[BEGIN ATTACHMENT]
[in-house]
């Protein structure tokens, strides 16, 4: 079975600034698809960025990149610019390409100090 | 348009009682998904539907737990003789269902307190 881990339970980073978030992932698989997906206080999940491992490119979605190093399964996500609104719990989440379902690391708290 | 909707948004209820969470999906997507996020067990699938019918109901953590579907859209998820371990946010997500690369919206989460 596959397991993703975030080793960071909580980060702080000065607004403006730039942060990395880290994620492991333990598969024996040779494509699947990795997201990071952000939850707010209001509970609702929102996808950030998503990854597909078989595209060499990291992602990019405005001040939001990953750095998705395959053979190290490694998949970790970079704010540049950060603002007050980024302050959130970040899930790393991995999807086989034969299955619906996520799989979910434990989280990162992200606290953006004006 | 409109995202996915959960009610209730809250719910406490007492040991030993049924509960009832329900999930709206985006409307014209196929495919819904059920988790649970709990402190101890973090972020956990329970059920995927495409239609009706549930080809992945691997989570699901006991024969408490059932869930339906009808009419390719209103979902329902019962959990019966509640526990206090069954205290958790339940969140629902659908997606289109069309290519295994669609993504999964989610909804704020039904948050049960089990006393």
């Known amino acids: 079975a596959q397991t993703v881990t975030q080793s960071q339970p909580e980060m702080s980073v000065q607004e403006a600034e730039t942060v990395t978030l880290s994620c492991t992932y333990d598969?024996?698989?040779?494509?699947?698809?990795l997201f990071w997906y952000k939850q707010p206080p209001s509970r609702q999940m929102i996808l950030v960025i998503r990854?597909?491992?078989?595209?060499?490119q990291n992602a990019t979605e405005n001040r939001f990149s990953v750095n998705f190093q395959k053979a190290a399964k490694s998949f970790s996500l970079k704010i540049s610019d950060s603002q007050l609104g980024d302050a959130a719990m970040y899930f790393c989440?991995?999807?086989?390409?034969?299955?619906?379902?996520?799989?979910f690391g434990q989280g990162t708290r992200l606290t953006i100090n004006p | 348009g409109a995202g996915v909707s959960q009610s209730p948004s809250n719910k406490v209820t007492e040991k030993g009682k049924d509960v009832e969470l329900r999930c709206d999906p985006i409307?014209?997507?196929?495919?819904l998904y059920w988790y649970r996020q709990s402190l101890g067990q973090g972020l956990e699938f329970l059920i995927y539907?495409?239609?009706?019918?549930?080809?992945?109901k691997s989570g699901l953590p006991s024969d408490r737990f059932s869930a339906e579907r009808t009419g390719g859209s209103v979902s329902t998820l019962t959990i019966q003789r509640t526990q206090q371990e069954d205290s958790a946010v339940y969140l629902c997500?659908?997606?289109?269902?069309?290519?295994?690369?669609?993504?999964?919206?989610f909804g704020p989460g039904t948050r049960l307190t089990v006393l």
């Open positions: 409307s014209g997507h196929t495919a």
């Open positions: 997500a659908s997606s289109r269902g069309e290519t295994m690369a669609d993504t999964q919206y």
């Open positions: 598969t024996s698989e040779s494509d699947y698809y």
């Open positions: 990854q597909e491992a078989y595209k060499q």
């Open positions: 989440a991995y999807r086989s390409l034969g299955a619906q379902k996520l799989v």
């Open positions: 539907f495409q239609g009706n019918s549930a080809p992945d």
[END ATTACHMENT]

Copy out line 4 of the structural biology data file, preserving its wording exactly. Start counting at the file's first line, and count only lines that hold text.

């Open positions: 409307s014209g997507h196929t495919a």